There is something charming about stop-motion animation. Stop-motion has the power to bring our imagination to the screen through detailed movements and hand-crafted models, which might make it the most human, personal, and heartfelt type of filmmaking. It’s special to see the creative spirit come to life in 24 frames per second, especially when stop-motion enters live-action.  

With Marcel the Shell with Shoes Onwarming our hearts by using stop-motion to blend the wholesome creature into the real world, we wonder why stop-motion has fallen out of favor with filmmakers even though it has such a powerful effect on the viewers. Of course, realism is favorable, but stop-motion in live-action films can present stories in an awe-inspiring way similar to the animation of Who Framed Roger Rabbitor Cool World. 

Old-school classics like King Kongand the creature-filled fantasy combined live-action and stop-motion, and The Royal Ocean Film Society breaks down exactly how stop-motion pioneer Ray Harryhausen created his most memorable sequences through Dynamtion and the desire to push the boundaries of what was possible at the time. You can watch the full video here.

What Is Dynamation? 

Dynamation is the technique pioneered by animator Ray Harryhausen. The process involves a sandwiched composite of rear-projected footage, an animation table, a matte glass layer, and a 35mm camera. The projector used is modified to play one frame at a time, allowing him to move the stop motion model every so slightly in the frame. 

The idea behind Dynamation was to integrate stop-motion into the footage in a believable way. Cross-cuts between a creature and the shrieking masses can only be done so many times before it becomes boring. By using multiple layers to create the illusion of a creature emerging from the water behind some crates, Harryhausen brought a level of depth that had never been seen before.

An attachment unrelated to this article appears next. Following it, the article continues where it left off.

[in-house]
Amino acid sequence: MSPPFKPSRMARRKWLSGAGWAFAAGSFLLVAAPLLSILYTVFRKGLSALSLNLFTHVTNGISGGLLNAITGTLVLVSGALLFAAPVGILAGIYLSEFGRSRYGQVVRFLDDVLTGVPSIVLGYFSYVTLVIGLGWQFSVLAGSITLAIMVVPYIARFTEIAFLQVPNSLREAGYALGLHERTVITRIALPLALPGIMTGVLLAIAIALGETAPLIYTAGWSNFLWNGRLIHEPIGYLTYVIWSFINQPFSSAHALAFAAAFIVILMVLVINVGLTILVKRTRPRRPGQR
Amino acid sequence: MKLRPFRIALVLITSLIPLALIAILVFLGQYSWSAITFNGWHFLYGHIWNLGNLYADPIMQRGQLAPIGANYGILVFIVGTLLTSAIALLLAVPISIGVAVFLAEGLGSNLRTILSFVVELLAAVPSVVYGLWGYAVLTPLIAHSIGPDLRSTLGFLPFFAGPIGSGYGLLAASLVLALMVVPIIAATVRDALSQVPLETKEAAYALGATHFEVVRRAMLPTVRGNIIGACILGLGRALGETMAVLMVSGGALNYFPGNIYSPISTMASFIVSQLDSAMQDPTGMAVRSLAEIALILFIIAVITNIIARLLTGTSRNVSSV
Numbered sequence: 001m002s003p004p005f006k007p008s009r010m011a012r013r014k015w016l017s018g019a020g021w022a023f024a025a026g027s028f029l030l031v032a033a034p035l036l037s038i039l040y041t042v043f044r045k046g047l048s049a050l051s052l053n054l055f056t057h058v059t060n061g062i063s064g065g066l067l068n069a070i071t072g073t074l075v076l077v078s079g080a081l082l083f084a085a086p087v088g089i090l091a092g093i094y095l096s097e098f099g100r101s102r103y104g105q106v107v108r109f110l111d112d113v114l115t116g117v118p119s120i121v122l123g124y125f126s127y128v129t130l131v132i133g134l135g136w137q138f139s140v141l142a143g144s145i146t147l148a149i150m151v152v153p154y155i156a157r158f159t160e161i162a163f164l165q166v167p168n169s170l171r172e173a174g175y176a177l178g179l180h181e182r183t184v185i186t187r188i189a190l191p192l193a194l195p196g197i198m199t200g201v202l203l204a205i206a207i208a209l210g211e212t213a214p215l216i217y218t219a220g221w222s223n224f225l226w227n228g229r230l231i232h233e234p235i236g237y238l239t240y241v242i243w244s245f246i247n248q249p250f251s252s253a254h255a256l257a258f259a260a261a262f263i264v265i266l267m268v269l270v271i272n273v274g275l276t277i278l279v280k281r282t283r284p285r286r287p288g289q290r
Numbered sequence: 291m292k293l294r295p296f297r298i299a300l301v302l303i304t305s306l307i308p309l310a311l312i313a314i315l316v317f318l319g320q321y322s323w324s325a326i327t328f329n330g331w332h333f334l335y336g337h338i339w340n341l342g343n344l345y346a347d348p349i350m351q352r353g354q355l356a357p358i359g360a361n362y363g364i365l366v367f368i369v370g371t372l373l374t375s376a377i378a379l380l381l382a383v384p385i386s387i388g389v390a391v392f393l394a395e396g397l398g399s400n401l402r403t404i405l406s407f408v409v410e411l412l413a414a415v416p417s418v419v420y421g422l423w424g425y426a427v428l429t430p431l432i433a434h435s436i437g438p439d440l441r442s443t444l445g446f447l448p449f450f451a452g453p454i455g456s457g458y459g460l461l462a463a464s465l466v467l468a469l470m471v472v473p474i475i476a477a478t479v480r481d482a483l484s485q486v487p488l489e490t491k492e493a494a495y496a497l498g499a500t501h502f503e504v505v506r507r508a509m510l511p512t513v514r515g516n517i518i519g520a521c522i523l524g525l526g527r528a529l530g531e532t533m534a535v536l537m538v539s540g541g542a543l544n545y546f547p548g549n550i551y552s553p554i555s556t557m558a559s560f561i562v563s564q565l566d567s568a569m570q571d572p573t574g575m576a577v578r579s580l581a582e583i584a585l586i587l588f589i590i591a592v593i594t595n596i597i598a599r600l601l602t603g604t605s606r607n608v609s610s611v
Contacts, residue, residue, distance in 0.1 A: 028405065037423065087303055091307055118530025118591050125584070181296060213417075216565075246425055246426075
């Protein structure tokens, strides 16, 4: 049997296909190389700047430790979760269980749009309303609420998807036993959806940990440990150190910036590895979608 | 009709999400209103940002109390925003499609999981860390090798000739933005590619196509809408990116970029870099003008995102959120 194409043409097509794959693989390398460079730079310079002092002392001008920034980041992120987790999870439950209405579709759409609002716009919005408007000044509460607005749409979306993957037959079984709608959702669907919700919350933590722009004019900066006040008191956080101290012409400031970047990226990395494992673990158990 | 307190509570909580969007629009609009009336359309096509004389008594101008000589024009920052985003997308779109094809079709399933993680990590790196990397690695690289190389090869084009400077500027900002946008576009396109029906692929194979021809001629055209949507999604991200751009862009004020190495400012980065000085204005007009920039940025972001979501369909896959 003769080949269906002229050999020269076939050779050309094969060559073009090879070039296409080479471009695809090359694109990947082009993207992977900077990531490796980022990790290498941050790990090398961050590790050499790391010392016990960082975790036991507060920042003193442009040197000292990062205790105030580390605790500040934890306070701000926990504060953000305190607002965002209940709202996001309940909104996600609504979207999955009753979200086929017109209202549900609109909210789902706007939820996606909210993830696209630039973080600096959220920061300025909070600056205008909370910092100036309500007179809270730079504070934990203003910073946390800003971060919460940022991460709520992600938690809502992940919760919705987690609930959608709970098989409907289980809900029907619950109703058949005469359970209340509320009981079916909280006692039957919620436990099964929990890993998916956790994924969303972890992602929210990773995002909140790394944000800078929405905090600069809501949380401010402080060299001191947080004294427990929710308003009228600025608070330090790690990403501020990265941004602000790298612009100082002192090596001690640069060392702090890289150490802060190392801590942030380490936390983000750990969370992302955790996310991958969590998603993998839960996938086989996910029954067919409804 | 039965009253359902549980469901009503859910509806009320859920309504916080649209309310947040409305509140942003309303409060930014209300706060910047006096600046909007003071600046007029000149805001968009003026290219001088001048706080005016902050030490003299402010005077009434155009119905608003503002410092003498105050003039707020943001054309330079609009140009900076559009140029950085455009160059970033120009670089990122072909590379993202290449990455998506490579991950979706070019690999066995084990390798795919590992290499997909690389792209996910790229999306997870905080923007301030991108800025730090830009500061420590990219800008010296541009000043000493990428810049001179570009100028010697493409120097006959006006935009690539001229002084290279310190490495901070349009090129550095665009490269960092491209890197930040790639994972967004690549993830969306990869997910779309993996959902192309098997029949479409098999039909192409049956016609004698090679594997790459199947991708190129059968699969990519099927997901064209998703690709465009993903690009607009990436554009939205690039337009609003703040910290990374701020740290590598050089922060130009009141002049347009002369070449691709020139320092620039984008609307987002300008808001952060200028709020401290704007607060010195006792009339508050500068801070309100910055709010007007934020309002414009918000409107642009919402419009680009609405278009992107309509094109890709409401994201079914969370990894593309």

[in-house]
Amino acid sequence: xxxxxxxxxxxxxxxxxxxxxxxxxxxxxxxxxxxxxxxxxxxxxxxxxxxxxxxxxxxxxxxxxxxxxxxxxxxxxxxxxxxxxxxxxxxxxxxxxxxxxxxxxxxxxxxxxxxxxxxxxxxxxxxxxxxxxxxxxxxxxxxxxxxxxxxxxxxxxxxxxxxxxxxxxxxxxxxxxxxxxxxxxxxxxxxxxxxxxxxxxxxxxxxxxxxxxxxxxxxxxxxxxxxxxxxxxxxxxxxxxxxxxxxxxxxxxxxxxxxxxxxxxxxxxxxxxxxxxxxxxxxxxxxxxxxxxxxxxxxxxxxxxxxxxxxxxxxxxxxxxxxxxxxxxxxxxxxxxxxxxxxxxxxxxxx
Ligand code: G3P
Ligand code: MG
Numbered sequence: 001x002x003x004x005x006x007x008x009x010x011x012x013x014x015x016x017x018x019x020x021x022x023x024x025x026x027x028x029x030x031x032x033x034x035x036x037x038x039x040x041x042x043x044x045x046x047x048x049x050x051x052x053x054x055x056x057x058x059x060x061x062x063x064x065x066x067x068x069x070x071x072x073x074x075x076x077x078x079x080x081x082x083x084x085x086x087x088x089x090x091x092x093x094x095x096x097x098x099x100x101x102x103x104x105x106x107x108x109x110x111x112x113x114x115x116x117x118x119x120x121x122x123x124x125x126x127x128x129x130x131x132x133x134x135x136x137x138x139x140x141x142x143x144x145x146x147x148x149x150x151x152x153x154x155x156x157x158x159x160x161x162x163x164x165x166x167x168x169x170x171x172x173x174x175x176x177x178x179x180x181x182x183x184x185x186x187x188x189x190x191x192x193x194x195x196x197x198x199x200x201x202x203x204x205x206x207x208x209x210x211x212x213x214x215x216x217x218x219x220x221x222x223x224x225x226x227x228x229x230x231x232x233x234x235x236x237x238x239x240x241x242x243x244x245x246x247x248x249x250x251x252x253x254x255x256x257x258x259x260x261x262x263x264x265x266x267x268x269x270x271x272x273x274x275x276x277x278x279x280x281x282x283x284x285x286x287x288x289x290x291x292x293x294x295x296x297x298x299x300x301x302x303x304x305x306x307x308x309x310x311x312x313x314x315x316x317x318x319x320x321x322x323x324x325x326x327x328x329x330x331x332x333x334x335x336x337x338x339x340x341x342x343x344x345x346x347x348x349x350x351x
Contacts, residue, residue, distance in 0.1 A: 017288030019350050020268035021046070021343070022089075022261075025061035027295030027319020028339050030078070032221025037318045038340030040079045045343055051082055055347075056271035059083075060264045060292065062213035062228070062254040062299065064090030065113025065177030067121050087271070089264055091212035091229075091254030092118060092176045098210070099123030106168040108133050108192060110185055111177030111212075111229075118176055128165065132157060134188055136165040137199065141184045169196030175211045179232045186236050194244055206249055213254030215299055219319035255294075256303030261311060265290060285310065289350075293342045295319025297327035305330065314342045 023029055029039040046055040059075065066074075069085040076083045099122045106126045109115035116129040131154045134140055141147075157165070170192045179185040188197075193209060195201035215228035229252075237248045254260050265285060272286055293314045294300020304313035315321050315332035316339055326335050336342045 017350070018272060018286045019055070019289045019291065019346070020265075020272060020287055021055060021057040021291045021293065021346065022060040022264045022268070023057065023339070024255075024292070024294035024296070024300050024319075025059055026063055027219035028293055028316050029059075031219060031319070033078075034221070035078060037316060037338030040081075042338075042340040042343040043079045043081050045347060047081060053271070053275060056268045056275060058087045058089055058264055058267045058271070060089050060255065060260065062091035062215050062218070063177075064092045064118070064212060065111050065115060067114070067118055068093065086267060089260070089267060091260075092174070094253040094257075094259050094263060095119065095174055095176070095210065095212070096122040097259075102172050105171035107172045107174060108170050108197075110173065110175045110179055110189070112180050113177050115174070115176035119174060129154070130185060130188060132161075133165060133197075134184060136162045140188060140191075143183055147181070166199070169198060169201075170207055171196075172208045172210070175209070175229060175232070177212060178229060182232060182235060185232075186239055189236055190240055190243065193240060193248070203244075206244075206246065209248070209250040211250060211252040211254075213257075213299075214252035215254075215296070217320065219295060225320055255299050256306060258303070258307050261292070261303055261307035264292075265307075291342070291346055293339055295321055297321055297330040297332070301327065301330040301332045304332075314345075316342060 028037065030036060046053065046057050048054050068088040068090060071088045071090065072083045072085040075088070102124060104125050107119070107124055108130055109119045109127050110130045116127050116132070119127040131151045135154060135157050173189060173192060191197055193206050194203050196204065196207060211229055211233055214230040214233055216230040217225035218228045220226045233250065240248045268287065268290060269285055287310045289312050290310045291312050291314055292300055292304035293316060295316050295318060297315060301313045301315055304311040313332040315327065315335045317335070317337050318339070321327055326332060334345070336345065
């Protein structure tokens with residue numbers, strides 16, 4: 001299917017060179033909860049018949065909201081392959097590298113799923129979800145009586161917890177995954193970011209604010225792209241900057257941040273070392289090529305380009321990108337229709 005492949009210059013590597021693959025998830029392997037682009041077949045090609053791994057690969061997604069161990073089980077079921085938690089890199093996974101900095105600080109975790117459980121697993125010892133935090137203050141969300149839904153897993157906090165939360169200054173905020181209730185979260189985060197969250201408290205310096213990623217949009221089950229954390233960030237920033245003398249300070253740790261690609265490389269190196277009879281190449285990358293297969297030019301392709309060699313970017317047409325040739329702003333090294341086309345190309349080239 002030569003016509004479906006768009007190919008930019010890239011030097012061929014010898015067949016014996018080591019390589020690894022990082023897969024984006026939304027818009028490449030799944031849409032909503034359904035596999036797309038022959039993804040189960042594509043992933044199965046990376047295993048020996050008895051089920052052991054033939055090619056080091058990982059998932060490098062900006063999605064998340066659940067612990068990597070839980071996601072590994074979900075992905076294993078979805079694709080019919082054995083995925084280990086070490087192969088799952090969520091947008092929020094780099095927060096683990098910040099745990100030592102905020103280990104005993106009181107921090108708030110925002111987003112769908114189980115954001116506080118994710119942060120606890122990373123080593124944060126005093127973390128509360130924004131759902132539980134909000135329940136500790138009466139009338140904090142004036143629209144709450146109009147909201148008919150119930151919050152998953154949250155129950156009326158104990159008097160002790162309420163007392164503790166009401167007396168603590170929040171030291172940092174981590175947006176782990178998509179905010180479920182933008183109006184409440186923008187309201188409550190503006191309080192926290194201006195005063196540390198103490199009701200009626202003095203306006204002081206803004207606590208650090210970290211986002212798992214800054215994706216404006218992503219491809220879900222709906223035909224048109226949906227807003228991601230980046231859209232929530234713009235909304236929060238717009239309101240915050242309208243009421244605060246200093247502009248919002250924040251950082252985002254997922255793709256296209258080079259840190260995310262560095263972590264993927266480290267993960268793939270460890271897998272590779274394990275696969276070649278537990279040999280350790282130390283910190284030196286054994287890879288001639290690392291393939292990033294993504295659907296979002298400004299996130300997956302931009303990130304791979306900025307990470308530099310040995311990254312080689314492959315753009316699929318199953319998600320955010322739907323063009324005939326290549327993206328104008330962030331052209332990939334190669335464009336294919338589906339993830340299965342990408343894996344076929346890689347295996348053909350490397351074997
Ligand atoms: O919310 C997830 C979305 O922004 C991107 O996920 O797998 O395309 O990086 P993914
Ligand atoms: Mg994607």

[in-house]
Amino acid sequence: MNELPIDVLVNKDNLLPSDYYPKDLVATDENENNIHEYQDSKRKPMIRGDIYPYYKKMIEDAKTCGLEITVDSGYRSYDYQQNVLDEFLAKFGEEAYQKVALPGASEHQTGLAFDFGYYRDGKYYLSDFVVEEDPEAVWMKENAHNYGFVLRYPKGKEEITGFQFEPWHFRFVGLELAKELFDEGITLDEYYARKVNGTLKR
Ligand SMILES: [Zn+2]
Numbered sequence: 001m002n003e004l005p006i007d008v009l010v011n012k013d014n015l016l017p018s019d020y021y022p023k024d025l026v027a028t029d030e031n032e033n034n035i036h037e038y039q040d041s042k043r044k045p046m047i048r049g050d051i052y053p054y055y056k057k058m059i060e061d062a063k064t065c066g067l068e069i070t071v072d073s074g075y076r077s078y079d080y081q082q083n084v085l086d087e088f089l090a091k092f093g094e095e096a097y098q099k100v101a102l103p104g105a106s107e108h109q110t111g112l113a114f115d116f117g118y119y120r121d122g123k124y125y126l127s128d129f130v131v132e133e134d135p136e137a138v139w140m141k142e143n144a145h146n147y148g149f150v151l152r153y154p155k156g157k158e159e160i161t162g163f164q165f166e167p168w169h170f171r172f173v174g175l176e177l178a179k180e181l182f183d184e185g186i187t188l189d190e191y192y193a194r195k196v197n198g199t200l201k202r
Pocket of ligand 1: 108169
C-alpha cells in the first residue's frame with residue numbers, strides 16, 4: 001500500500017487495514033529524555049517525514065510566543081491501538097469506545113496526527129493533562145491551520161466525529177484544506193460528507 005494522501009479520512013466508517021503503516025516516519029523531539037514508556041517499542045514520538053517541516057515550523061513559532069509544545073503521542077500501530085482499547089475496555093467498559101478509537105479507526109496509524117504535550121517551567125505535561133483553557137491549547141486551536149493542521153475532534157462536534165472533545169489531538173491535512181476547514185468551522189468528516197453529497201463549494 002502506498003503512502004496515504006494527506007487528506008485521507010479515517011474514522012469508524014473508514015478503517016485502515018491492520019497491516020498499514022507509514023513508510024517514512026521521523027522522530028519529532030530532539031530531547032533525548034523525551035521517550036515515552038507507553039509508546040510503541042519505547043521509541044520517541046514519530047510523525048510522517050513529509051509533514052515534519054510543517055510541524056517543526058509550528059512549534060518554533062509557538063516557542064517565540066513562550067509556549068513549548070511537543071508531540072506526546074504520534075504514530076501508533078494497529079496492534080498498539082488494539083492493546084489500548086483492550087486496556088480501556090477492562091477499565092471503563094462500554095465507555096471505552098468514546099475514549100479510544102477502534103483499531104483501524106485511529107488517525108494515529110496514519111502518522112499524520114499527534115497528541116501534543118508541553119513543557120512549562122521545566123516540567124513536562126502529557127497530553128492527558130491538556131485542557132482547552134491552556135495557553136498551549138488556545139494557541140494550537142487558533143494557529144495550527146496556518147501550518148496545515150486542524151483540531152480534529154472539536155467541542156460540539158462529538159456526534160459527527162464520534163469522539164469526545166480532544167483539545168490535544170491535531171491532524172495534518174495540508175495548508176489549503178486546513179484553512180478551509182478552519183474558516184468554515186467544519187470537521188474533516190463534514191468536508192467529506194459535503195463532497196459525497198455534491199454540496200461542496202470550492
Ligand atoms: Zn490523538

Dynamation_explainedDynamation explainedCredit: The Royal Ocean Film Society

Stop-Motion Interacting with Reality 

Harryhausen’s process was slow and methodical, often being handled solely by Harryhausen. He pushed the boundaries of what was possible with stop-motion in live action, encouraging productions to have characters interacting with the creatures to blend the two mediums. 

To make these interactions believable, actors would be lifted by wires, and Harryhausen would fill out the animation by replacing the actors’ contact points with animated parts. You can easily spot this switch from real to animated if you go frame by frame or watch Harryhausen’s earlier work, but the animation became more fluid and hardly recognizable as he developed the craft. 

One of the hardest contact points to spot is in the skeleton fight sequence in Jason and the Argonauts. As the swords clash together, the sword quickly changes into a model and then back to a normal sword. At normal speed, the quick animation is hardly noticeable. This is due to Harryhausen's ability to cleverly seal the layers of reality and stop-motion together and suspend our disbelief for a brief moment. 

As on-set rigging became more complex, Harryhausen was able to find creative ways to integrate stop-motion models. As technology advanced, more films moved away from the wide static shots of stop-motion creatures’ interaction with live-action to embrace dynamic camera movements and compositions with more depth. Harryhausen embraced the advances of technology as well, finding ways to make his model's movements more subtle and eerie. 

Harryhausen’s creations were beautiful, but he inevitably faced limitations that were out of his control. In his memoir, An Animated Life, Harryhausen said, “When designing such a creature, I always have to ask myself, ‘Can I put this on the screen?’ If I had no such limitations, my imagination would run riot, but in the end, it is time and money that dictates practicality…”

As we have recently seen with the VFX artists who work for Marvel, tight deadlines can limit an artist's ability to create great visual effects. If the time allotted to the visual effects artists is short, then the work created will not look good. That is not the artists’ fault. They produce the best work they can with the limitations presented. 

The_3_world_of_gulliver'The 3 Worlds of Gulliver'Credit: Columbia Pictures

Stop-motion will always be in a state of evolution. Dynamic camera movements and complex wire work can push the boundaries of what is possible in stop-motion if the artists are given the proper amount of time and budget to develop these intricate and highly detailed movements. It’s our duty as filmmakers to embrace the unique mediums of art that can integrate into live-action to add another layer of depth to the visual storytelling. 

Harryhausen's goal with his stop-motion was to open up the possibilities of filmmaking for those who haven’t experienced certain mediums of the craft. Some great stop-motion artists are creating incredible shorts today, but it would be great to see stop-motion combined with live-action make a comeback in cinema. It would be a welcoming breath of creativity that could spark the imaginations of the next generation. 

What is your favorite live-action film that uses stop-motion? Let us know in the comments below!

Source: The Royal Ocean Film Society